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LED Lighting Buyer's Guide


LED Lighting Buyer's Guide


Bringing LED lighting into your home shouldn’t be complicated.
We tackle the most common questions to make it a simple switch.

Energy efficient, long lasting, and environmentally friendly, LED lighting is a thoughtful choice for the modern home. Today's LED lighting choices are especially diverse, which means LEDs can find a home in just about any room, whether as a striking chandelier, lighting under your kitchen cabinets or brightening up the exterior of your home. Here, you will find some of the most common questions for finding the right LED light fixtures for your home.

What are the advantages of LED?

The simplest answer is efficiency. An LED light fixture will use 90% less electricity than an incandescent version. Plus, last significantly longer than traditional incandescent light bulbs, so you’ll spend less time replacing bulbs and less effort (think about those hard-to-reach recessed lamps in a vaulted ceiling) maintaining them.

Other advantages to LEDs include:

  • Durability: LED lights are quite sturdy, and this durability minimizes the risk of your light breaking and requiring repair or replacement.
  • Safety: LED lights are safe choices because they don't heat up like other light bulbs, which can reduce the risk of lighting-caused fires or burns.

What about the disadvantages of LED?

The biggest drawback to LED lighting is the initial cost, which is more than your standard incandescent light bulbs. But because LED lights are more durable and longer lasting than their traditional counterparts, you will incur fewer lighting expenses over time, bringing the overall cost of these LED lights down significantly.

How long do LEDs last?

A good-quality LED promises an average lifespan of at least 25,000 hours, all the way up to 50,000 hours. To compare, the average lifespan of an incandescent is about 1,000 hours, and CFLs about 9,000 hours. With regular daily use—8 hours each day, every day—an LED could last up to 17 years!

What are my options for going LED in my home?

You could swap out your current light bulbs for LED bulbs, or you can update your lighting fixture to one with integrated LEDs, or lamping that is built into the fixture's design.

While we used to see LEDs primarily in task lighting or outdoor spaces, the versatility of today's design means they can work in any room you choose, including:

  • Decorative ceiling lights
  • Recessed lighting
  • Wall lights
  • Bath & vanity lights
  • Desk and task lamps
  • Undercabinet lighting
  • Outdoor and landscape lighting
LED Bath & Vanity Lights

LED bath and vanity lights take on new, super sleek shapes like Tech Lighting’s Span Bath Bar shown here.

My new LED bulb says it lasts 35,000 or 50,000 hours. Why is the warranty only 3 or 5 years?

The warranties on an LED bulb are similar to that of a car or appliance. A manufacturer doesn't know exactly how you'll use it, so the warranty period is a generic time-frame that should cover almost all uses of the product, however outside of the norm they may be. That way the warranty covers those who might have a light on 24 hours a day, 7 days a week, as well as someone using it for 4 hours a day just a few times a week.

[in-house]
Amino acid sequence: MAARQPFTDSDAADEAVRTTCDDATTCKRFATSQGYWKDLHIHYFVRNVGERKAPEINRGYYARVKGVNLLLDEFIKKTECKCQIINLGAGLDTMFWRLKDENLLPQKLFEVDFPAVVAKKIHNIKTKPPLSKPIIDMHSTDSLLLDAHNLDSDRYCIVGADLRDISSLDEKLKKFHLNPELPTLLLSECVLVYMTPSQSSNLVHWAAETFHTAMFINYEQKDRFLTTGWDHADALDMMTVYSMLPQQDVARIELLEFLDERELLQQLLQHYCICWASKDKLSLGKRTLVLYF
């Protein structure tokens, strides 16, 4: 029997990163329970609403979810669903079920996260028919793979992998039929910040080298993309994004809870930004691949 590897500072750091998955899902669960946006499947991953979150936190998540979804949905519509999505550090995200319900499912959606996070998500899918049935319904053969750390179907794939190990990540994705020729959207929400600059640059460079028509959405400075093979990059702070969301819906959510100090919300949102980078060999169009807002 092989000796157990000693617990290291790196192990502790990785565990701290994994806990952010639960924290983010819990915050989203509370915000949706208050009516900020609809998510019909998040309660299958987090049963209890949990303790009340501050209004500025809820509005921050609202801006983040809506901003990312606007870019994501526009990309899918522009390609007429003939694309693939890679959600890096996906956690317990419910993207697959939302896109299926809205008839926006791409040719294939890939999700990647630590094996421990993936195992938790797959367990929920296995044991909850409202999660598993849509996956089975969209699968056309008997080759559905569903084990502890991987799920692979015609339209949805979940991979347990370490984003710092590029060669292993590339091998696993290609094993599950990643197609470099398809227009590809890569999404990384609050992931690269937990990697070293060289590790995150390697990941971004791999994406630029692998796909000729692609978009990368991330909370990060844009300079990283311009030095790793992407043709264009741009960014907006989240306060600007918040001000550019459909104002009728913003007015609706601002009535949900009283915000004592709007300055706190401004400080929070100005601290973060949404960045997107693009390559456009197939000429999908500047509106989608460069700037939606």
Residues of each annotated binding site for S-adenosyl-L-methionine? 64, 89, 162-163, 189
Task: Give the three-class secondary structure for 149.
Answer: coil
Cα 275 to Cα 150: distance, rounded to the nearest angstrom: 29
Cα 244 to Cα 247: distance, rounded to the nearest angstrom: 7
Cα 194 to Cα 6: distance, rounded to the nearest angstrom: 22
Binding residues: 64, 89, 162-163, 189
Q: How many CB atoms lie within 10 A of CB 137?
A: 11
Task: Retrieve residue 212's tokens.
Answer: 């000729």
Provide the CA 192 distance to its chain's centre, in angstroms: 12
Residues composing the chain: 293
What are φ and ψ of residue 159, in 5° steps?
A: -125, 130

Why is the pricing so different between similar LED bulbs?

Like any other commodity, the price of an LED bulb will fall over time as the technology gets better and better. The latest generation of bulbs might carry a lower price tag, whereas the price of a first-generation LED could be significantly more expensive. It also depends on the manufacturer, as each has their own process for manufacturing LED products—for example, an LED chip might be made in-house by a manufacturer or purchased from a third party. Those options each carry their own cost that will be reflected in the retail cost of a product.

How bright is that LED?
The brightness of LEDs in measured in Lumens, but you’re probably more familiar with wattage as an indicator of how bright a light will be. Simply put, more lumens equals more light, but here’s a handy conversion chart:
Incandescent wattage Lumens equivalent LED
100 W 1600 up to 22 W
75 W 1100 up to 20 W
60 W 800 up to 12 W
40 W 450 up to 9 W

Do LED lights work with a dimmer?

The short answer is yes, you can dim an LED light—but you’ll want to read the full details on the bulb or fixture to know for sure. For light fixtures that use integrated LEDs, it depends on the manufacturer’s suggestion. Many recommend you use an ELV dimmer, but some fixtures are functional with a regular incandescent dimmer. But it’s important to note that LED lighting doesn’t dim in the same way an incandescent was. Rather than having the light turn down and warm, an LED will dim by lowering the , thus decreasing brightness of the light.

How do I choose the LED that’s right for me?

Most lighting manufacturers have made the move to LED. So if you have a non-LED light fixture from a brand you like and trust, that’s a good place to start.

Otherwise, you can shop for an LED light the same way you would an incandescent—by ensuring it provides the light you need in a style or design you like. To determine the amount of light you need, you can refer back to the wattage of the incandescent lighting you’re used to and translate it to lumens (see the Lumens Chart above).

When you're shopping at Lumens, you can use the navigation in any group of products to refine by light source if you’re looking only for an LED light.